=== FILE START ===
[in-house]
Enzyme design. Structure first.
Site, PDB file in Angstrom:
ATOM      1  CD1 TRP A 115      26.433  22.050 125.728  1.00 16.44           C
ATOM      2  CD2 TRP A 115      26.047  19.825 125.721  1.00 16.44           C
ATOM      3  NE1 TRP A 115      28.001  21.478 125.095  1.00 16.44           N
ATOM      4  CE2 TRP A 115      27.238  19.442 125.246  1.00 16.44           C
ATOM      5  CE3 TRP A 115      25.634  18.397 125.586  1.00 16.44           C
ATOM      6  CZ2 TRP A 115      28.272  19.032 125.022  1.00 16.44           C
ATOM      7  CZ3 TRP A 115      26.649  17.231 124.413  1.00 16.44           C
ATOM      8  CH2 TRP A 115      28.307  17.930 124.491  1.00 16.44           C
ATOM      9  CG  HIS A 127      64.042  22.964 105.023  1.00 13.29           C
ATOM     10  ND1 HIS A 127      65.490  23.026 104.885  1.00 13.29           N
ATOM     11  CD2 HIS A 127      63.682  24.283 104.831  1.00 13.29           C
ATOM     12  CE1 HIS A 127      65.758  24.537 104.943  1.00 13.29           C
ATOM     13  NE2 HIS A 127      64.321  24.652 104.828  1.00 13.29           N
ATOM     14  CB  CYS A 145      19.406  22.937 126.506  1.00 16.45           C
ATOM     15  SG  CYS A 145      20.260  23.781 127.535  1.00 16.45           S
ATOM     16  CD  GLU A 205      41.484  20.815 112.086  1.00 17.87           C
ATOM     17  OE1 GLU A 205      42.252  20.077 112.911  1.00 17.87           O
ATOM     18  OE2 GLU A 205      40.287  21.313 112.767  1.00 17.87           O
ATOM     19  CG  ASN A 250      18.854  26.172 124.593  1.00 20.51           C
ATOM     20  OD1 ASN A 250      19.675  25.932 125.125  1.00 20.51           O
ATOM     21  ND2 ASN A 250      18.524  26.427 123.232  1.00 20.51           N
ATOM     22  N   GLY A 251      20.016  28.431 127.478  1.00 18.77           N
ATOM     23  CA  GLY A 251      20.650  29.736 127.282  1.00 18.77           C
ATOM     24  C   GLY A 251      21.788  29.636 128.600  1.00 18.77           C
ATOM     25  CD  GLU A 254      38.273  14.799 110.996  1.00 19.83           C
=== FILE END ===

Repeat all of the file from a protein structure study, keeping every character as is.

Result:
[in-house]
Enzyme design. Structure first.
Site, PDB file in Angstrom:
ATOM      1  CD1 TRP A 115      26.433  22.050 125.728  1.00 16.44           C
ATOM      2  CD2 TRP A 115      26.047  19.825 125.721  1.00 16.44           C
ATOM      3  NE1 TRP A 115      28.001  21.478 125.095  1.00 16.44           N
ATOM      4  CE2 TRP A 115      27.238  19.442 125.246  1.00 16.44           C
ATOM      5  CE3 TRP A 115      25.634  18.397 125.586  1.00 16.44           C
ATOM      6  CZ2 TRP A 115      28.272  19.032 125.022  1.00 16.44           C
ATOM      7  CZ3 TRP A 115      26.649  17.231 124.413  1.00 16.44           C
ATOM      8  CH2 TRP A 115      28.307  17.930 124.491  1.00 16.44           C
ATOM      9  CG  HIS A 127      64.042  22.964 105.023  1.00 13.29           C
ATOM     10  ND1 HIS A 127      65.490  23.026 104.885  1.00 13.29           N
ATOM     11  CD2 HIS A 127      63.682  24.283 104.831  1.00 13.29           C
ATOM     12  CE1 HIS A 127      65.758  24.537 104.943  1.00 13.29           C
ATOM     13  NE2 HIS A 127      64.321  24.652 104.828  1.00 13.29           N
ATOM     14  CB  CYS A 145      19.406  22.937 126.506  1.00 16.45           C
ATOM     15  SG  CYS A 145      20.260  23.781 127.535  1.00 16.45           S
ATOM     16  CD  GLU A 205      41.484  20.815 112.086  1.00 17.87           C
ATOM     17  OE1 GLU A 205      42.252  20.077 112.911  1.00 17.87           O
ATOM     18  OE2 GLU A 205      40.287  21.313 112.767  1.00 17.87           O
ATOM     19  CG  ASN A 250      18.854  26.172 124.593  1.00 20.51           C
ATOM     20  OD1 ASN A 250      19.675  25.932 125.125  1.00 20.51           O
ATOM     21  ND2 ASN A 250      18.524  26.427 123.232  1.00 20.51           N
ATOM     22  N   GLY A 251      20.016  28.431 127.478  1.00 18.77           N
ATOM     23  CA  GLY A 251      20.650  29.736 127.282  1.00 18.77           C
ATOM     24  C   GLY A 251      21.788  29.636 128.600  1.00 18.77           C
ATOM     25  CD  GLU A 254      38.273  14.799 110.996  1.00 19.83           C